Is this the course of action you mean?

    More or less, yep. I’ve never tried it, which is why I was wondering if it would work in my earlier response.

    Seems like it would save a lot of time once the links were setup though. One master set of files to edit and all the blogs would get those changes in real-time.

    Ok then I’m about to go looking to see if and how I can set it up. Will post results.

    Thanks so much.

    My site management system actually has an option to turn on or off symbolic links for any given domain!

    However, now I’m really bashing my head trying to figure out how to make a symbolic link.

    Here’s the setup
    mysite.com/myblog/index.php
    mysite.com/myblog/mywordpressfolder

    (I found documentation on changing the folder of all the engine material, and this works fine… just changed the reference in index.php)

    I have MOVED the themes folder from wp-content/themes to
    mysite.com/blogthemes/themes

    Now, I assume my symlink must be within the actual wp-content folder, and be called “themes”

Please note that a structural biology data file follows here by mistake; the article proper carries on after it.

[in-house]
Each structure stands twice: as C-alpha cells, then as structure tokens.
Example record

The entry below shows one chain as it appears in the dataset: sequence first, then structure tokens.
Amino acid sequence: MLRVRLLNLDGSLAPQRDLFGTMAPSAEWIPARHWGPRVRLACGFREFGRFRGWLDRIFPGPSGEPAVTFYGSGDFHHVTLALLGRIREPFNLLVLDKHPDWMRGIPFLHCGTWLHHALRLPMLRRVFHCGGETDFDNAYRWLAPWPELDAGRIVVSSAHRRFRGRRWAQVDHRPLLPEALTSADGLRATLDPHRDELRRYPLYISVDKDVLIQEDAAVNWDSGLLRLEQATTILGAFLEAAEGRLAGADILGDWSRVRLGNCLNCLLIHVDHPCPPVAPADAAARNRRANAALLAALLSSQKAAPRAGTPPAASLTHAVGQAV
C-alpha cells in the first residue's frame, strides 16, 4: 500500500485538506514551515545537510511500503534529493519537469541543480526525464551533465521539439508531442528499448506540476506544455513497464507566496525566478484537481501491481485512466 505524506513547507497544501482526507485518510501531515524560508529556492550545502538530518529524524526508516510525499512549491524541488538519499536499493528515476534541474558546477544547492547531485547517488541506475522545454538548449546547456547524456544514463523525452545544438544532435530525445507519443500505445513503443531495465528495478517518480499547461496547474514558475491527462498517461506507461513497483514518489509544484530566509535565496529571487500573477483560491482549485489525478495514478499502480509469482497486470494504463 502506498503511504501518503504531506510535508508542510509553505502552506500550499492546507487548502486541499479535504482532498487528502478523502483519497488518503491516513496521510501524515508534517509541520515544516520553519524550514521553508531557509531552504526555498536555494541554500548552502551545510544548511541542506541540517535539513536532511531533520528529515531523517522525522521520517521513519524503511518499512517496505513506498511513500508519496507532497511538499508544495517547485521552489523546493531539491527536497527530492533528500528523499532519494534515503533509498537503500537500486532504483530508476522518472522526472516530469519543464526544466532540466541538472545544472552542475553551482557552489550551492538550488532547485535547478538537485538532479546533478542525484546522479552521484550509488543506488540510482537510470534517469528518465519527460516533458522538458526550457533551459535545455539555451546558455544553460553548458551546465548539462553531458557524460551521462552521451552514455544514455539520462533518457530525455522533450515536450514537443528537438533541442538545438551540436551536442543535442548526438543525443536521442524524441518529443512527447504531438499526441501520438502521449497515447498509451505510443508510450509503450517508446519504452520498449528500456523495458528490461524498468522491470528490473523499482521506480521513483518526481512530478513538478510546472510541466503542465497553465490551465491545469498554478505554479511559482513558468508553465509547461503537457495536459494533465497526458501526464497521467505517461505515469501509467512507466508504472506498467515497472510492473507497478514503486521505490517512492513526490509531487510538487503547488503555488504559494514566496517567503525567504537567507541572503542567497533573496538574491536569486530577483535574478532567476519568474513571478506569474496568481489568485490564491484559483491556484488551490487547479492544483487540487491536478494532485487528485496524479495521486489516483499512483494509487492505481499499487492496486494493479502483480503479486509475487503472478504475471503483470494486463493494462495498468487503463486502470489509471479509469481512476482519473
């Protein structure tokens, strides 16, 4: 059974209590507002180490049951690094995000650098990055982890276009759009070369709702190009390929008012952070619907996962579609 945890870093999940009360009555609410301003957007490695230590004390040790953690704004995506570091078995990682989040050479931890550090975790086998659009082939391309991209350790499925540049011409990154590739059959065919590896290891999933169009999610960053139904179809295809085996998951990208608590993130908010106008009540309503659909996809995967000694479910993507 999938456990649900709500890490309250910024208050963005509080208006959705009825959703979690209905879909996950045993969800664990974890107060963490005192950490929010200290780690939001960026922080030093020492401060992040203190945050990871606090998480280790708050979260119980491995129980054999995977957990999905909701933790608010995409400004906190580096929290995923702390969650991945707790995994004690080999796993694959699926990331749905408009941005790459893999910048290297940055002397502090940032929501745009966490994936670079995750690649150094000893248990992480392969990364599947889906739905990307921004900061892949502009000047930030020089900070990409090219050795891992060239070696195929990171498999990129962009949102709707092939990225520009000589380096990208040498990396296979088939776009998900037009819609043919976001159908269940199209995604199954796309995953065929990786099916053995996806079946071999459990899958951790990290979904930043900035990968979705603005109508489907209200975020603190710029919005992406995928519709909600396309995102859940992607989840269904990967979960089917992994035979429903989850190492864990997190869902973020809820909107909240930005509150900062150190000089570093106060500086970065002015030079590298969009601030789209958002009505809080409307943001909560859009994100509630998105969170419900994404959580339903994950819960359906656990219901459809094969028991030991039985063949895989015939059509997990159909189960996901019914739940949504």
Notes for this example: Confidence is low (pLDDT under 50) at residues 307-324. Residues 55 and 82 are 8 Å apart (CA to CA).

Is this a correct assumption?
    Now, what exactly would this contain?
    I have tried many ways to reference the actual location but I’m a dummy so I’ve just been trying things like
    ../../ and also from the complete root of my site. None of these things has worked and I suspect I’m doing it totally wrong.

    Please tell me what the file should contain, using the references I gave you.

    Just to let you know in case this matters, the real real path to my site is something like
    /<hostreference>/local/home/username/mysite.com

    Thanks for the help, please put me on the right path!

Viewing 15 replies - 1 through 15 (of 20 total)